CT-guided Celiac Plexus Neurolysis: A Review of Anatomy, Indications, Technique, and Tips for Successful Treatment
RadioGraphics 2011; 31:1599-1621
Avinash Kambadakone, MD, FRCR ,Ashraf Thabet, MD , Debra A. Gervais, MD, Peter R. Mueller, MD, Ronald S. Arellano, MD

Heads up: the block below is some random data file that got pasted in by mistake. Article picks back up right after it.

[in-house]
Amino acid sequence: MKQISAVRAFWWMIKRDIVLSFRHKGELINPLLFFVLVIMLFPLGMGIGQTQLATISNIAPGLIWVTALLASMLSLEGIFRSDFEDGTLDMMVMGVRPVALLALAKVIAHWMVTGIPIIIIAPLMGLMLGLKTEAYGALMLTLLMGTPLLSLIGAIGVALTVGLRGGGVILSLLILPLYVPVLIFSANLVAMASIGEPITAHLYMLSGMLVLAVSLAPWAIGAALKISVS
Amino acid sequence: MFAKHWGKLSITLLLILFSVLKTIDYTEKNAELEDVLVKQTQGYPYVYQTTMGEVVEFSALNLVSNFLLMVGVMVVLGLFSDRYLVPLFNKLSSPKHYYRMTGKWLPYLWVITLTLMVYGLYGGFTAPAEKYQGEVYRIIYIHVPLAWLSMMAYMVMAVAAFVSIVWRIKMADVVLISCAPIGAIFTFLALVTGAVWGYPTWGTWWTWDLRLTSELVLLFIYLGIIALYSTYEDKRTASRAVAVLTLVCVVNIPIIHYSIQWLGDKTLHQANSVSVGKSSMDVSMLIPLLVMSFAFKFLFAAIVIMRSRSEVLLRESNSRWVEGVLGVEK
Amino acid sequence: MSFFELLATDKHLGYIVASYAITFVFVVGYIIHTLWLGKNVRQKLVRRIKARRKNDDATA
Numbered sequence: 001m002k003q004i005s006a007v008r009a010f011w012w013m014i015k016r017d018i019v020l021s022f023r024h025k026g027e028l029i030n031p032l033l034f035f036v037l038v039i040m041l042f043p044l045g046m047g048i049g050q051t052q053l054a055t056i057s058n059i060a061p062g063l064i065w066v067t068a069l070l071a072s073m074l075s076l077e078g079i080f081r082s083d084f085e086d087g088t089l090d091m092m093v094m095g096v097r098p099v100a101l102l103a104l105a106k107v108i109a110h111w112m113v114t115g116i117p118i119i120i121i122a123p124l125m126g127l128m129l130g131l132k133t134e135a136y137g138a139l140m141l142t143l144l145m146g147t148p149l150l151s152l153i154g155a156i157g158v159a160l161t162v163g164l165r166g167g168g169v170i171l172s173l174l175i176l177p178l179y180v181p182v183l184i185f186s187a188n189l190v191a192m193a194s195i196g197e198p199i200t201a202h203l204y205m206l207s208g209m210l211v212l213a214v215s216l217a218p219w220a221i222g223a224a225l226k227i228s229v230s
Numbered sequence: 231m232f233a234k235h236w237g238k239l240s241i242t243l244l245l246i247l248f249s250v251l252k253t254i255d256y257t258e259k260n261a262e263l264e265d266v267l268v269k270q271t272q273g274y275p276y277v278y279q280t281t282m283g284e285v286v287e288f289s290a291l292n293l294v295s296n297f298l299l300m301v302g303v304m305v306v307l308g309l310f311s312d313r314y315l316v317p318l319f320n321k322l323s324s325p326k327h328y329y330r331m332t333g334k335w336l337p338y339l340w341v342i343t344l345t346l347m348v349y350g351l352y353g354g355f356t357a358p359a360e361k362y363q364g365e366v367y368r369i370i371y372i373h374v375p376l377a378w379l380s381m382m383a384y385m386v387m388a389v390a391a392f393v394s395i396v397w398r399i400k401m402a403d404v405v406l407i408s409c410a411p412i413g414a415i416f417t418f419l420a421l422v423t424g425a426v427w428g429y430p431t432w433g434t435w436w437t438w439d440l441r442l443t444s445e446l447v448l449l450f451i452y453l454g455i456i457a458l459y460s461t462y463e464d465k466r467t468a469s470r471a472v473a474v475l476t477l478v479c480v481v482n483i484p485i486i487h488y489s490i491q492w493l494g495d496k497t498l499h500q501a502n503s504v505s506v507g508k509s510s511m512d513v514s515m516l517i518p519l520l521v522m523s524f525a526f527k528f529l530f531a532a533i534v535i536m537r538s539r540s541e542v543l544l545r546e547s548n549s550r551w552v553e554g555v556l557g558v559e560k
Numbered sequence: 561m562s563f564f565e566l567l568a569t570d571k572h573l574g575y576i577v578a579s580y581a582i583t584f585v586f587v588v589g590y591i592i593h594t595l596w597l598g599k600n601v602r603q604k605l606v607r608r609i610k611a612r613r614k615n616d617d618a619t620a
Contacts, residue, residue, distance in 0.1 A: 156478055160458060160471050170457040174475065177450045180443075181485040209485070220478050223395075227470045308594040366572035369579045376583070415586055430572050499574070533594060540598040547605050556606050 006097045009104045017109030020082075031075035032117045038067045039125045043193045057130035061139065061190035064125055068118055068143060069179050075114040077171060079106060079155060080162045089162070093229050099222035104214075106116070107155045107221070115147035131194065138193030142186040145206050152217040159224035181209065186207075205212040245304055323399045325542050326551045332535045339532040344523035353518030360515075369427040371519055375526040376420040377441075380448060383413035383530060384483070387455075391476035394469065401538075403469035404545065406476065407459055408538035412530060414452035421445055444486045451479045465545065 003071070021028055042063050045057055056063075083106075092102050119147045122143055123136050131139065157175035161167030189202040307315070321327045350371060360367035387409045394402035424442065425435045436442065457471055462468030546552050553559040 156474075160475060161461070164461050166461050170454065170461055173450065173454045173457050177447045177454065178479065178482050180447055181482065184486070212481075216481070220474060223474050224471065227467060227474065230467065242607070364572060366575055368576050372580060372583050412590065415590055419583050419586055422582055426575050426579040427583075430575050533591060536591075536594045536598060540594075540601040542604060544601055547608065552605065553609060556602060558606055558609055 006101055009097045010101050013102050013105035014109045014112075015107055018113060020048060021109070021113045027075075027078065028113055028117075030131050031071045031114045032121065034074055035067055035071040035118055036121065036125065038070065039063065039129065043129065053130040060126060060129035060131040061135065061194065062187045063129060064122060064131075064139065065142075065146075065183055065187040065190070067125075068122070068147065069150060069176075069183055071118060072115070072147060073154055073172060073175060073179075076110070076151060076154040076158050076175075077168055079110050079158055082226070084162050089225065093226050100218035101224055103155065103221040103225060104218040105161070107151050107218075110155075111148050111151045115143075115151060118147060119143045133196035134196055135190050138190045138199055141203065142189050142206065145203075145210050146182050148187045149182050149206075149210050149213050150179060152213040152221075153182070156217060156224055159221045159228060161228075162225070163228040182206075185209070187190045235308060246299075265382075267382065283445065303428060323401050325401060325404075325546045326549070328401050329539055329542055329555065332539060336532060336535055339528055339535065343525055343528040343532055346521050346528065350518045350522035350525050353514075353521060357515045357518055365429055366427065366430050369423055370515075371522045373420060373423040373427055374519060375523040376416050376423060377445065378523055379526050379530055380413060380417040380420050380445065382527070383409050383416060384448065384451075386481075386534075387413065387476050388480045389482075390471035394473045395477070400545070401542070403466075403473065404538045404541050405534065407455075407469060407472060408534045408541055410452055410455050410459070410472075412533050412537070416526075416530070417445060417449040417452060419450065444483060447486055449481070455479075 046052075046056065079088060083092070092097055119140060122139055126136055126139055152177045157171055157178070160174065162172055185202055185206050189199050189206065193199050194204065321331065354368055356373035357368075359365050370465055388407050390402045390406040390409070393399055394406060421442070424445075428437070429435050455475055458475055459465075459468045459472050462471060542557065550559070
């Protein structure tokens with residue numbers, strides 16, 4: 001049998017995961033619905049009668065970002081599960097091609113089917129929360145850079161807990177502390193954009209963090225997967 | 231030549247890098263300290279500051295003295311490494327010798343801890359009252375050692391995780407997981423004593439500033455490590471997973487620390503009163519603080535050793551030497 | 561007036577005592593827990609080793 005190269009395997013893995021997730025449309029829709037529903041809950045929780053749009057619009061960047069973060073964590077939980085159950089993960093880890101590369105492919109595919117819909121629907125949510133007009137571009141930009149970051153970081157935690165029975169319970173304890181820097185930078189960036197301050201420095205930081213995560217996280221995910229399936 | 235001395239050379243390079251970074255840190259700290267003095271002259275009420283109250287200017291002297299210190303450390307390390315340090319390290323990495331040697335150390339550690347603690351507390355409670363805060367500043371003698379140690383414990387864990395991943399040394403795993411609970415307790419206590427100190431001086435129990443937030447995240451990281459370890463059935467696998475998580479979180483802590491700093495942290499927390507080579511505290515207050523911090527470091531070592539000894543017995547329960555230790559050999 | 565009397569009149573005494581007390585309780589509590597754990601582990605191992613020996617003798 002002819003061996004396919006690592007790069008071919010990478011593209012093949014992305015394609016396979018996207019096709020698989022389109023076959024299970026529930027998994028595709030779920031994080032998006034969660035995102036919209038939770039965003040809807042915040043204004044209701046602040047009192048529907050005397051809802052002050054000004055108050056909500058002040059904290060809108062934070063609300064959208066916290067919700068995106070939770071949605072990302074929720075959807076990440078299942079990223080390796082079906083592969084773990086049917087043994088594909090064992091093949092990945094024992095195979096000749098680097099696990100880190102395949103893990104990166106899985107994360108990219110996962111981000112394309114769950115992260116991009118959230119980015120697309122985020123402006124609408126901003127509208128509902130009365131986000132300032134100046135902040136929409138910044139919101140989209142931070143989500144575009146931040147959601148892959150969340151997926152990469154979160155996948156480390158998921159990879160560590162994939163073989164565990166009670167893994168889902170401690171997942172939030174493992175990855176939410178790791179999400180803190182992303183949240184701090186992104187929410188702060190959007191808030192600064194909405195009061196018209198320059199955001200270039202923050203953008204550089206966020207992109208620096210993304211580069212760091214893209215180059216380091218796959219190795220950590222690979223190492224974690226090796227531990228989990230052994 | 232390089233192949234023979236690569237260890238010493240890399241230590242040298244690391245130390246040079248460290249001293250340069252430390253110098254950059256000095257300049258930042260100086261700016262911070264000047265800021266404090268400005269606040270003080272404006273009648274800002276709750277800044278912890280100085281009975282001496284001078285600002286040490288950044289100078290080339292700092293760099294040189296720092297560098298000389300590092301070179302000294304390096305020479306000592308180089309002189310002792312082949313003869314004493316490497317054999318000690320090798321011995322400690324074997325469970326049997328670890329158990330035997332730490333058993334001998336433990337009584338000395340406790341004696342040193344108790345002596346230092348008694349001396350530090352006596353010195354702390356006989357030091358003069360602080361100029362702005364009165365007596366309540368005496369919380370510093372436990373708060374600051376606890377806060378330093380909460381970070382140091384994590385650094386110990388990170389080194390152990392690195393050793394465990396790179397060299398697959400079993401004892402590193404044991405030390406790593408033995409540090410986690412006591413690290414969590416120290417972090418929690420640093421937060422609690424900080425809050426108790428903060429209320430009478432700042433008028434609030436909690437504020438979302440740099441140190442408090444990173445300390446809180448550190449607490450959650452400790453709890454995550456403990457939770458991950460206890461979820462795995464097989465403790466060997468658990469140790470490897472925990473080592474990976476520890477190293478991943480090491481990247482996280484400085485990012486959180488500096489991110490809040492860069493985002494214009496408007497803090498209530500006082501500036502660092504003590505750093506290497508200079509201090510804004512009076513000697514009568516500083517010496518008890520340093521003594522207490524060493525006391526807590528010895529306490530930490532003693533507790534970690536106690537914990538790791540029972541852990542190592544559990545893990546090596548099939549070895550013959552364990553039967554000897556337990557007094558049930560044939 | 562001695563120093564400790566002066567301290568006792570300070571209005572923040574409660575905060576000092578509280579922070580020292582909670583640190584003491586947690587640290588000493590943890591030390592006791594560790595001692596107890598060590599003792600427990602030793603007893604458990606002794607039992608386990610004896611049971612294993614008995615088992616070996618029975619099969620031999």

The celiac plexus is the largest visceral plexus and is located deep in the retroperitoneum, over the anterolateral surface of the aorta and around the origin of the celiac trunk. It serves as a relay center for nociceptive impulses that originate from the upper abdominal viscera, from the stomach to the proximal transverse colon. Celiac plexus neurolysis, with agents such as ethanol, is an effective means of dimin¬ishing pain that arises from these structures. Percutaneous imaging-guided celiac plexus neurolysis has been established as an invaluable therapeutic option in the management of intractable abdominal pain in patients with upper abdominal malignancy. The use of multidetec¬tor computed tomography (CT) for imaging guidance has superseded other modalities and allows direct visualization of the spread of the neurolytic agent in the antecrural space. Accurate depiction of the retroperitoneal anatomy and the position of the needle tip helps avoid crucial anatomic structures such as the pancreas, aorta, celiac artery, and superior mesenteric artery. Proper patient education, meticulous preprocedure planning, use of optimal multidetector CT techniques, adjunctive CT maneuvers, and postprocedure care are integral to successful celiac plexus neurolysis. Celiac plexus neurolysis does not completely abolish pain; rather, it diminishes pain, helping to reduce opioid requirements and their related side effects and improving sur¬vival in patients with upper abdominal malignancy.